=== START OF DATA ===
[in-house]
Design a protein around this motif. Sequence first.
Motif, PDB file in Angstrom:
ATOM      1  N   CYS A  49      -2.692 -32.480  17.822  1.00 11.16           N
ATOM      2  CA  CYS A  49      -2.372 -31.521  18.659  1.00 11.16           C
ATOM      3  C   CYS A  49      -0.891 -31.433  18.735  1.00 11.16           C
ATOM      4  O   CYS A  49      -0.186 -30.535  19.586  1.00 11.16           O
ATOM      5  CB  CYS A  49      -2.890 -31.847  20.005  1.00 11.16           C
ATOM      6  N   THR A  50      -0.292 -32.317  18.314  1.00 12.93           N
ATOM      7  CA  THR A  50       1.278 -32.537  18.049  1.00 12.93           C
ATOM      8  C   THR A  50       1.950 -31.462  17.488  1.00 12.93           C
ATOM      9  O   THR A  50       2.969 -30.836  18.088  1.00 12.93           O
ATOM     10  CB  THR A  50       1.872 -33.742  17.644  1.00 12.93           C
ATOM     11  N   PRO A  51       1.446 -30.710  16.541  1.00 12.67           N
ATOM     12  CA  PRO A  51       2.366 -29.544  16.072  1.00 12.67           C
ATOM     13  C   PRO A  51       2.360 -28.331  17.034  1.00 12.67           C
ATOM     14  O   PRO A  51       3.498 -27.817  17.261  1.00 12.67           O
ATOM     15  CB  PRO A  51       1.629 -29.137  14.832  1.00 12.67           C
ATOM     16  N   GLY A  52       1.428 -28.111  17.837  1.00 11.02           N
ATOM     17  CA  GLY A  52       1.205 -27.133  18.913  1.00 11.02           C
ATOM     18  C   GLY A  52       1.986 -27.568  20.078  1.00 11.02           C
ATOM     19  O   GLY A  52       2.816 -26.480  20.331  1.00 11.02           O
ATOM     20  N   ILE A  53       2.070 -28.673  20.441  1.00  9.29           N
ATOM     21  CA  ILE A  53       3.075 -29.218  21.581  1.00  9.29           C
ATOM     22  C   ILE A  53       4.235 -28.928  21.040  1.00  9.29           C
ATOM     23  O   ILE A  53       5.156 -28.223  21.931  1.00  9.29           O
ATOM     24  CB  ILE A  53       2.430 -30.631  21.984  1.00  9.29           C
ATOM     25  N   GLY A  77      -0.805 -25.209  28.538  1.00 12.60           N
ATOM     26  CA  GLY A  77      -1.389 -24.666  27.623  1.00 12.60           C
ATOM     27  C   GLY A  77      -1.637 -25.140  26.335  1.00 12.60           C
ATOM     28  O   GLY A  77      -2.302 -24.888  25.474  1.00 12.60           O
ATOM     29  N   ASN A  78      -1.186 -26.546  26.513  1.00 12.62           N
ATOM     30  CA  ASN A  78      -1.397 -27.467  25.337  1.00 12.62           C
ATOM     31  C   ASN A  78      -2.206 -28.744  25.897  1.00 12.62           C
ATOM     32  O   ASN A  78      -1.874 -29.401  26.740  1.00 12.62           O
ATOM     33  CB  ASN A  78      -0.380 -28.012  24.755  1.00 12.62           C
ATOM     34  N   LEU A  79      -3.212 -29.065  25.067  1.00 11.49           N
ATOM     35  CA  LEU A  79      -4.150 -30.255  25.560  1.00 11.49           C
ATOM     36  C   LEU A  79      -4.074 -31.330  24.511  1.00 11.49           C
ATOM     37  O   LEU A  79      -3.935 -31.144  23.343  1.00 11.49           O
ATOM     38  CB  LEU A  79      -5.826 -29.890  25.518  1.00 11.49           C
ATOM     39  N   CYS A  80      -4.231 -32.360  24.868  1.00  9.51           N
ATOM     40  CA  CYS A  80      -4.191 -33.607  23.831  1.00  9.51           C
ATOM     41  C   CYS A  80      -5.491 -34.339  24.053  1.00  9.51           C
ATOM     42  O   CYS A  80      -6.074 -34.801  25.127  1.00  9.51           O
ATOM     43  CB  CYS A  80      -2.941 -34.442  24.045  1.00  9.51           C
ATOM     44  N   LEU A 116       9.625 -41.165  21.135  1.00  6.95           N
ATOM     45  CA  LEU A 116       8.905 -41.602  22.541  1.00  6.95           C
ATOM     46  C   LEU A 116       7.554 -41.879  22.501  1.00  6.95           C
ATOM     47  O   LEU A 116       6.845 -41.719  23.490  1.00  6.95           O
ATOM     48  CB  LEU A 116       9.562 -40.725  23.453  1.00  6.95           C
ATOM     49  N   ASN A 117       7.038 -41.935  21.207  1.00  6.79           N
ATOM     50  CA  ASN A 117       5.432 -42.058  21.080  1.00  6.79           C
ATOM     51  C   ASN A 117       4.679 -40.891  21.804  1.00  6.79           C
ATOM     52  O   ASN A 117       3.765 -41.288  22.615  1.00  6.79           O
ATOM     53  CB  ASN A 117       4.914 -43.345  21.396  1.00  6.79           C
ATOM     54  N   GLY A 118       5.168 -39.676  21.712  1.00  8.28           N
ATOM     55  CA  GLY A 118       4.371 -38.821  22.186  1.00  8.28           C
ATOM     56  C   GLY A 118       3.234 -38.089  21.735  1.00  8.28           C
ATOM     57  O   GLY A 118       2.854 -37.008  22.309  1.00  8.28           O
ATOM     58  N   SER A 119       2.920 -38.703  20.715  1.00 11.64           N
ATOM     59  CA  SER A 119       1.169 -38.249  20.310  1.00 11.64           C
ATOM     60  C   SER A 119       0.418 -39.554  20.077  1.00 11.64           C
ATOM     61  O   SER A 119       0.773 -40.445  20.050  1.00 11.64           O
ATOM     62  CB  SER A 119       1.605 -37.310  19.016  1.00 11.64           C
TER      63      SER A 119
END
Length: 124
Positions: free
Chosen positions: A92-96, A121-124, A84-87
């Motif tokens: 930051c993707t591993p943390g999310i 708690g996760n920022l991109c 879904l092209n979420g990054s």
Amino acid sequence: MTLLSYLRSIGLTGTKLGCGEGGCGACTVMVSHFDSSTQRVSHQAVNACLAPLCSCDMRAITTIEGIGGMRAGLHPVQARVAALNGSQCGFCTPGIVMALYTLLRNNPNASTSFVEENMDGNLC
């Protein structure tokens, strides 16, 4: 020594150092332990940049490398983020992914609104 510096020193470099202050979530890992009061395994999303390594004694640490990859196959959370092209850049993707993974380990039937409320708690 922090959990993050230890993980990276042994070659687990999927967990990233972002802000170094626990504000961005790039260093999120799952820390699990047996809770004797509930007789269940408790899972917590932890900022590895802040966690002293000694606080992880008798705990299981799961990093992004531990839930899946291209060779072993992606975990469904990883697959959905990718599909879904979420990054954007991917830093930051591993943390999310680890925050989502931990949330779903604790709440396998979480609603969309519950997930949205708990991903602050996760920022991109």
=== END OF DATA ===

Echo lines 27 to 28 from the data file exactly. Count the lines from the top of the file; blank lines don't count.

ATOM     24  CB  ILE A  53       2.430 -30.631  21.984  1.00  9.29           C
ATOM     25  N   GLY A  77      -0.805 -25.209  28.538  1.00 12.60           N